Defending the guarded domain: epidemics and the emergence of an international sanitary policy in Iran
Comparative studies of South Asia, Africa and the Middle East
Inquiry regarding the advent of modernity within the framework of Islamic communities of the Middle East, and most notably vis-a-vis their encounter with the West, has been a significant source of academic reflection.’ Iranian historiography has not been immune to this movement, and accordingly the past several decades have spawned a number of works examining the milestones and the emerging institutions that have ultimately shaped the socio-political landscape of contemporary Iran. Notwithstanding this scrutiny, the role of illness and the evolution of a modern public health policy have scarcely evoked a footnote in the expanding theme of Iranian modernity. This dearth is particularly remarkable in view of the fact that the process, which ultimately led to the institutionalization of public health infrastructures in 19th century Iran, was intimately linked to Iran’s newfound diplomatic engagements with European governments.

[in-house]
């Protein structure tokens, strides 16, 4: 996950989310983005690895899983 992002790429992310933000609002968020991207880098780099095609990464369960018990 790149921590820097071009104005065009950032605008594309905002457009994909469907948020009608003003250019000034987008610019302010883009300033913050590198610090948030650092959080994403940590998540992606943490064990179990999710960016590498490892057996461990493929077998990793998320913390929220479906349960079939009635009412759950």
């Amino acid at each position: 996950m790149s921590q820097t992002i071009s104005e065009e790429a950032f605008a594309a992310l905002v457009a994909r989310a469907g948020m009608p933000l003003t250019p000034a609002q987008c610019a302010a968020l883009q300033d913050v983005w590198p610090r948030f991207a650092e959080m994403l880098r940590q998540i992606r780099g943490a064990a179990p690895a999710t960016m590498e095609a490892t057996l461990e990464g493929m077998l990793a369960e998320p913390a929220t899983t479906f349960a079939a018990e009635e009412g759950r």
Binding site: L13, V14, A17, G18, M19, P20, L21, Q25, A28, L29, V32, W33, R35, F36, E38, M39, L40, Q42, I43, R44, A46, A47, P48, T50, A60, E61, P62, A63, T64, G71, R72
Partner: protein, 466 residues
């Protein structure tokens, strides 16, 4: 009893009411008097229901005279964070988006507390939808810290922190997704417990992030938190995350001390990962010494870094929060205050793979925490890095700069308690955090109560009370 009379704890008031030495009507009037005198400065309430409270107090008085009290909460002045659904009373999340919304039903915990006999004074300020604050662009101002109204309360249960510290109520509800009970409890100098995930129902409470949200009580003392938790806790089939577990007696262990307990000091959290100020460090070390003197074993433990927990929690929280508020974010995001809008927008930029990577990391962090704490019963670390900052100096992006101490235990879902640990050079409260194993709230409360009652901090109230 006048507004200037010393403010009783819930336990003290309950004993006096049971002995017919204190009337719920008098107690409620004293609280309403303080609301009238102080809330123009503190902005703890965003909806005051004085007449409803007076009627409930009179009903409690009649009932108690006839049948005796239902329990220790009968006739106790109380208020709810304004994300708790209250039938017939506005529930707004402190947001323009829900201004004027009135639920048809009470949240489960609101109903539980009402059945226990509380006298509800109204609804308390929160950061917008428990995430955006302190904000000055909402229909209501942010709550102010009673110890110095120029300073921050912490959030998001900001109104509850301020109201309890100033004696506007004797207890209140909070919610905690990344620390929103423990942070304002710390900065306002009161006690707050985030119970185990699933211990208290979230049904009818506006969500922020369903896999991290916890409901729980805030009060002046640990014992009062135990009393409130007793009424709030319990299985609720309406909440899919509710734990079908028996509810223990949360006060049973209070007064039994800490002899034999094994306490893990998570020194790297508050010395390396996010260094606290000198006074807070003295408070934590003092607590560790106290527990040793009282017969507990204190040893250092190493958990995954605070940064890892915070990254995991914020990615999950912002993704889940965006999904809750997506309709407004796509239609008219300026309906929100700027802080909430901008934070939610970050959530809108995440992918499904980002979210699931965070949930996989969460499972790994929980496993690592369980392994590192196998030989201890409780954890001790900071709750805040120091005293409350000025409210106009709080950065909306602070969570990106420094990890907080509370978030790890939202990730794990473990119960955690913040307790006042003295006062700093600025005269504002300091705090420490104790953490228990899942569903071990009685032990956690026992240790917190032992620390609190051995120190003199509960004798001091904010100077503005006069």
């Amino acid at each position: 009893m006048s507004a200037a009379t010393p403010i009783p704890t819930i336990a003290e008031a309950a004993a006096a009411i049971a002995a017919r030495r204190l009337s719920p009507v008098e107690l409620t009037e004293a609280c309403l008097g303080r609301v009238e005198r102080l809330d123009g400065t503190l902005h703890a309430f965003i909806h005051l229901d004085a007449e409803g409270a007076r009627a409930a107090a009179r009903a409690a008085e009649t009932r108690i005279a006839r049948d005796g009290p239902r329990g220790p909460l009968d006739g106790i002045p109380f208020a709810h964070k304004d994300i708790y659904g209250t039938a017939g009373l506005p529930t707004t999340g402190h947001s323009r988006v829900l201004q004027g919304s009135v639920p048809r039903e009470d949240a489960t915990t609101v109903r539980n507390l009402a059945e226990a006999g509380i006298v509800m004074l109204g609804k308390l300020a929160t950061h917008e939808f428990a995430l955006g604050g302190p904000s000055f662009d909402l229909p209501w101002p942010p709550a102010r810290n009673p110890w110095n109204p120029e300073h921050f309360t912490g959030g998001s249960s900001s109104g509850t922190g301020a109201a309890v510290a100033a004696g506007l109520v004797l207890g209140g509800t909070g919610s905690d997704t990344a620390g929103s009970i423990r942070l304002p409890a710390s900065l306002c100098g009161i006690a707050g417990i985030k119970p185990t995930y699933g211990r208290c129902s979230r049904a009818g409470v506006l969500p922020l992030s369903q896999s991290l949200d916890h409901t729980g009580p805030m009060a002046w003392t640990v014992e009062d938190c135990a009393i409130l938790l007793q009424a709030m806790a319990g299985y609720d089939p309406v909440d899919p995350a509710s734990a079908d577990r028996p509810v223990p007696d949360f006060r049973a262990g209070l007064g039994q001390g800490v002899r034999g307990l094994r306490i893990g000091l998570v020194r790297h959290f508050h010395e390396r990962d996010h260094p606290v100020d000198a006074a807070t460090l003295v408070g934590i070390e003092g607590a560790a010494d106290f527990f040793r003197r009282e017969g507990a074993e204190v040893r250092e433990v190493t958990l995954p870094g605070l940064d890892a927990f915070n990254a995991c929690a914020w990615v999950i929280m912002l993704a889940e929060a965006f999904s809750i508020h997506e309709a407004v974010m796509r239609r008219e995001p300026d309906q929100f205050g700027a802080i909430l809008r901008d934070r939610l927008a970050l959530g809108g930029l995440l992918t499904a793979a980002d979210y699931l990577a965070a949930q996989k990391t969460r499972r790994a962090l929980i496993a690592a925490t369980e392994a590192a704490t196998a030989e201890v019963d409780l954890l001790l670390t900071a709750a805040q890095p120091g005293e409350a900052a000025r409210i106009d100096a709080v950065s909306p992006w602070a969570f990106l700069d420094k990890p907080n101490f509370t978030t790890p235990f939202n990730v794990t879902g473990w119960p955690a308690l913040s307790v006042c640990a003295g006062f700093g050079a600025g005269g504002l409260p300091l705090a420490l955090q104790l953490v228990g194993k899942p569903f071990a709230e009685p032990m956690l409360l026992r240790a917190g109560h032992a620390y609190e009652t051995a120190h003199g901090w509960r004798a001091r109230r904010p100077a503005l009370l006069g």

Afkhami, A. A. (1999). Defending the guarded domain: epidemics and the emergence of an international sanitary policy in Iran. Comparative studies of South Asia, Africa and the Middle East, 19 (1). http://dx.doi.org/10.1215/1089201X-19-1-122